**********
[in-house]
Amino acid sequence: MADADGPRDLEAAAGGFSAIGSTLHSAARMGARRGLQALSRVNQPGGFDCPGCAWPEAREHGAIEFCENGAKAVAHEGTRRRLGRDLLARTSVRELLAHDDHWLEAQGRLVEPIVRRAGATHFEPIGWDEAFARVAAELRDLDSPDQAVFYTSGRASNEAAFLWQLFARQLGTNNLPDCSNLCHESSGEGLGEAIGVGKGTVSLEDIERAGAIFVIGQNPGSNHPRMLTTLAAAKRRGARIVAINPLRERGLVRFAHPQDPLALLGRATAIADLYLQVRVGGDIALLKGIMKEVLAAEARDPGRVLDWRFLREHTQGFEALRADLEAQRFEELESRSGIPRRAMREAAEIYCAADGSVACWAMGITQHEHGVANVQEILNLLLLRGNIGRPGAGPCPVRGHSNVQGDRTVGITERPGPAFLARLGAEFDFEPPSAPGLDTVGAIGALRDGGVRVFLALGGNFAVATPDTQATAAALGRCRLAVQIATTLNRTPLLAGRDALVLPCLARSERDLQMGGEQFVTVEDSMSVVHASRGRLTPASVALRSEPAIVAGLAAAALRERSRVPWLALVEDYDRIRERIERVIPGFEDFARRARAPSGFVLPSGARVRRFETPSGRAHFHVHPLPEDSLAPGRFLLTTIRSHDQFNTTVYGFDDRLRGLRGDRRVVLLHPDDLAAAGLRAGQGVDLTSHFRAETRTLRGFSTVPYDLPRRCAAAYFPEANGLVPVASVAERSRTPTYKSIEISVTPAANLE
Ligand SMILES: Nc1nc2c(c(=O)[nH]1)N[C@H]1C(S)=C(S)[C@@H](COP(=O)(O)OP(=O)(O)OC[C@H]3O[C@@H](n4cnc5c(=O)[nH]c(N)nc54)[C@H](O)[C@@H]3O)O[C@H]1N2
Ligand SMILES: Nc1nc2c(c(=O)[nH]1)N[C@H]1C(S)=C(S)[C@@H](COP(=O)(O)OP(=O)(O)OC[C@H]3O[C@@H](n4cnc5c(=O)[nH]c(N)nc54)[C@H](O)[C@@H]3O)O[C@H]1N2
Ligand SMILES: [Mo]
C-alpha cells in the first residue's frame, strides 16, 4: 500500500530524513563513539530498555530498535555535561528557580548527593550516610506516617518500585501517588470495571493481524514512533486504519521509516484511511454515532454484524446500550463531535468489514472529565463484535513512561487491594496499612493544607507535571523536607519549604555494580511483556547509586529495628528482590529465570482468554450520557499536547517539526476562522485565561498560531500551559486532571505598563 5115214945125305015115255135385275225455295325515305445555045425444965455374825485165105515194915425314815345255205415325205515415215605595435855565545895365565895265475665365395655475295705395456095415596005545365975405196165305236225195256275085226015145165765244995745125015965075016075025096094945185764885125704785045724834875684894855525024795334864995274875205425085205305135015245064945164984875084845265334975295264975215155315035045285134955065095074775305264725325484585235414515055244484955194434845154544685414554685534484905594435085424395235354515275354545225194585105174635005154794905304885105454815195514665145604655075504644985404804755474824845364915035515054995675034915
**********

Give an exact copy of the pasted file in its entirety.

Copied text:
[in-house]
Amino acid sequence: MADADGPRDLEAAAGGFSAIGSTLHSAARMGARRGLQALSRVNQPGGFDCPGCAWPEAREHGAIEFCENGAKAVAHEGTRRRLGRDLLARTSVRELLAHDDHWLEAQGRLVEPIVRRAGATHFEPIGWDEAFARVAAELRDLDSPDQAVFYTSGRASNEAAFLWQLFARQLGTNNLPDCSNLCHESSGEGLGEAIGVGKGTVSLEDIERAGAIFVIGQNPGSNHPRMLTTLAAAKRRGARIVAINPLRERGLVRFAHPQDPLALLGRATAIADLYLQVRVGGDIALLKGIMKEVLAAEARDPGRVLDWRFLREHTQGFEALRADLEAQRFEELESRSGIPRRAMREAAEIYCAADGSVACWAMGITQHEHGVANVQEILNLLLLRGNIGRPGAGPCPVRGHSNVQGDRTVGITERPGPAFLARLGAEFDFEPPSAPGLDTVGAIGALRDGGVRVFLALGGNFAVATPDTQATAAALGRCRLAVQIATTLNRTPLLAGRDALVLPCLARSERDLQMGGEQFVTVEDSMSVVHASRGRLTPASVALRSEPAIVAGLAAAALRERSRVPWLALVEDYDRIRERIERVIPGFEDFARRARAPSGFVLPSGARVRRFETPSGRAHFHVHPLPEDSLAPGRFLLTTIRSHDQFNTTVYGFDDRLRGLRGDRRVVLLHPDDLAAAGLRAGQGVDLTSHFRAETRTLRGFSTVPYDLPRRCAAAYFPEANGLVPVASVAERSRTPTYKSIEISVTPAANLE
Ligand SMILES: Nc1nc2c(c(=O)[nH]1)N[C@H]1C(S)=C(S)[C@@H](COP(=O)(O)OP(=O)(O)OC[C@H]3O[C@@H](n4cnc5c(=O)[nH]c(N)nc54)[C@H](O)[C@@H]3O)O[C@H]1N2
Ligand SMILES: Nc1nc2c(c(=O)[nH]1)N[C@H]1C(S)=C(S)[C@@H](COP(=O)(O)OP(=O)(O)OC[C@H]3O[C@@H](n4cnc5c(=O)[nH]c(N)nc54)[C@H](O)[C@@H]3O)O[C@H]1N2
Ligand SMILES: [Mo]
C-alpha cells in the first residue's frame, strides 16, 4: 500500500530524513563513539530498555530498535555535561528557580548527593550516610506516617518500585501517588470495571493481524514512533486504519521509516484511511454515532454484524446500550463531535468489514472529565463484535513512561487491594496499612493544607507535571523536607519549604555494580511483556547509586529495628528482590529465570482468554450520557499536547517539526476562522485565561498560531500551559486532571505598563 5115214945125305015115255135385275225455295325515305445555045425444965455374825485165105515194915425314815345255205415325205515415215605595435855565545895365565895265475665365395655475295705395456095415596005545365975405196165305236225195256275085226015145165765244995745125015965075016075025096094945185764885125704785045724834875684894855525024795334864995274875205425085205305135015245064945164984875084845265334975295264975215155315035045285134955065095074775305264725325484585235414515055244484955194434845154544685414554685534484905594435085424395235354515275354545225194585105174635005154794905304885105454815195514665145604655075504644985404804755474824845364915035515054995675034915